Photo courtesy of Sony
Cooper Raiff stars alongside Dakota Johnson in “Cha Cha Real Smooth,” which won the 2022 U.S. Dramatic Audience Award at the Sundance Film Festival. The film follows 22-year-old Andrew (Cooper Raiff), a recent college graduate working as a bar and bat mitzvah party starter. As he becomes close with young mother Domino (Dakota Johnson) and her daughter Lola, the hopeless romantic in Andrew falls in love with a family — but not the one that belongs to him. Raiff, who is following up his debut film “S–thouse,” also wrote, produced and directed the film. The Daily spoke with Raiff about his writing process, journey as a filmmaker and much more.
This interview has been edited for clarity and brevity.
The Daily: What informs your writing style, especially when it comes to a genre like comedy?
Raiff: I’m really bad at situational comedy. I like all of the comedy to come from a character. A lot of movies that are funny are about a writer putting their characters in funny situations, and I’m bad at that. All of the funny moments are trying to tell an audience about the character.
The Daily: How do you create tension as a writer, especially with the confrontational dynamic between Domino’s fiancé Joseph and Andrew? How do you maintain and develop those dramatic beats through tension?
Raiff: I think it’s about being as truthful as possible. With “S–thouse,” I read so many responses that were like, “This is the most excruciatingly awkward movie I’ve ever seen.” I was like, “I didn’t think it was that awkward,” but it’s because I wrote it. So I’m thinking it’s so funny to watch, but I’m always trying to make things as grounded and real as possible. I think people aren’t used to someone caring so much about getting it to be real.
The Daily: Could you talk more about the inspiration behind this story, and the idea of Andrew and Domino being in very different stages of their lives?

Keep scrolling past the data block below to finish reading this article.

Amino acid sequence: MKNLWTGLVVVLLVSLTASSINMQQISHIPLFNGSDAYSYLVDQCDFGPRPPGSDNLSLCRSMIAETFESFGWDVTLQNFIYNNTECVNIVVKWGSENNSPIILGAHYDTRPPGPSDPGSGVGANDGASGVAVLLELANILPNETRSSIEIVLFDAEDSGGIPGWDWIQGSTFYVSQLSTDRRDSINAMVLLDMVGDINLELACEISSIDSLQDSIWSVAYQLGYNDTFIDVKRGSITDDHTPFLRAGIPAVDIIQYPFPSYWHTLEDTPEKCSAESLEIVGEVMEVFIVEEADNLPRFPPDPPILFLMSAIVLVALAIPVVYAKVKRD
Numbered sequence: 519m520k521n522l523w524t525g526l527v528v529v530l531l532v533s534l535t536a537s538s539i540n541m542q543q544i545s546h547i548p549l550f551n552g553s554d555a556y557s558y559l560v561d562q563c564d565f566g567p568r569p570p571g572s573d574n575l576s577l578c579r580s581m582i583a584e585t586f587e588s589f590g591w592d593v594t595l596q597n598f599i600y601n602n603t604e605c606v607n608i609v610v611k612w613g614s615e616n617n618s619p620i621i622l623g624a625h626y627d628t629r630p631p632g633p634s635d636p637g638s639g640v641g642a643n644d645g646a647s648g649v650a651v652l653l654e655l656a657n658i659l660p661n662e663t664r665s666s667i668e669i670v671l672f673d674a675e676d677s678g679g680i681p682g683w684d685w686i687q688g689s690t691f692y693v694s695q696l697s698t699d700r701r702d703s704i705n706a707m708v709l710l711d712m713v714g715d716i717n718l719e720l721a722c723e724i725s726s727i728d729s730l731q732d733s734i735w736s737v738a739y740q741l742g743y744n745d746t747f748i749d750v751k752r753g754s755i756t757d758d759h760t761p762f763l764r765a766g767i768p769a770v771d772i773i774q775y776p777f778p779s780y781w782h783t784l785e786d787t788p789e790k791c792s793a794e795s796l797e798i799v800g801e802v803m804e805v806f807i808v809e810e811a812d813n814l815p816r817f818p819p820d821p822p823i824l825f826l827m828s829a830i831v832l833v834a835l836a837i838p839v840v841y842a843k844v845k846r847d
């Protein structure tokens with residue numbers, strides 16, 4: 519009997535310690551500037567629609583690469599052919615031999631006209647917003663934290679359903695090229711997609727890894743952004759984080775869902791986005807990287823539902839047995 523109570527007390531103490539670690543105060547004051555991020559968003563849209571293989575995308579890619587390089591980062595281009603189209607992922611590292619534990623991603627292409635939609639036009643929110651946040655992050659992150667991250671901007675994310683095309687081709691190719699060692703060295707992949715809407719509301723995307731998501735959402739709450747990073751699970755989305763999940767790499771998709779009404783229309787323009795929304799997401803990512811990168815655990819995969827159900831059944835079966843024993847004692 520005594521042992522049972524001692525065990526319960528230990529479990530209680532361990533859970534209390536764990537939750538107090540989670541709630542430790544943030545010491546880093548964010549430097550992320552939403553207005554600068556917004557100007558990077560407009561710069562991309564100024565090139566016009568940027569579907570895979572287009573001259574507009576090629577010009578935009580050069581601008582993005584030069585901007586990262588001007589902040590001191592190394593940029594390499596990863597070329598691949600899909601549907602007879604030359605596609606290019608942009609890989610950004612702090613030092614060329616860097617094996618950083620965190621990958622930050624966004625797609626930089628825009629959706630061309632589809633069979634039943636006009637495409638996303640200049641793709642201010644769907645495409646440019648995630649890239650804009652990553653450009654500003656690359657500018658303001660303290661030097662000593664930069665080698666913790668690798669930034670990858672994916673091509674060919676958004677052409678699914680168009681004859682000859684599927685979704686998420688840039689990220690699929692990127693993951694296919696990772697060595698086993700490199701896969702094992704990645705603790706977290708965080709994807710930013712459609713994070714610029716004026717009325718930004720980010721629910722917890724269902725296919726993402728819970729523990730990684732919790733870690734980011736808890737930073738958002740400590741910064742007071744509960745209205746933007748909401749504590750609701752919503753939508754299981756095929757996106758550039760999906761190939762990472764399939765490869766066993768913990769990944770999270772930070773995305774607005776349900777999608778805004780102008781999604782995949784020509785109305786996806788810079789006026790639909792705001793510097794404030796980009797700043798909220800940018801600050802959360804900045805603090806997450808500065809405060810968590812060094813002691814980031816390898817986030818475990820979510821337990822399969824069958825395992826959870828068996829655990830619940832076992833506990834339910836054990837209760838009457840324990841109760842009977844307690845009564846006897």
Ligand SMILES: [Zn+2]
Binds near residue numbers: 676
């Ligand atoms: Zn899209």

Raiff: Domino is based on my mom. The idea for the first nugget of “Cha Cha (Real Smooth)” was this mom of a disabled kid who talks about how her life has been defined — and will always be defined — by her daughter. And then to throw in a kid because I always wanted to make a movie about something that I actually knew about. So I wanted to put a 22-year-old at the front of it, and see it through his eyes. I’m always trying to figure out how to highlight certain characters. And so the best way to highlight this mother whose stages are being defined by (her daughter) is to show someone whose stages are being defined by no one.
The Daily: What was your approach to writing and crafting Andrew’s character arc?
Raiff: I can’t help but be vulnerable. That’s how I’ll learn different ways to say what I’m trying to say, that’s not just saying it. But I think that’s where I am as a writer. I want to get my message across by writing a young man who says everything he’s thinking.
The Daily: What’s your hope for Andrew going forward?
Raiff: I hope he can spend some time in a room alone. That’s the big hope: He can enjoy the company of an empty room.
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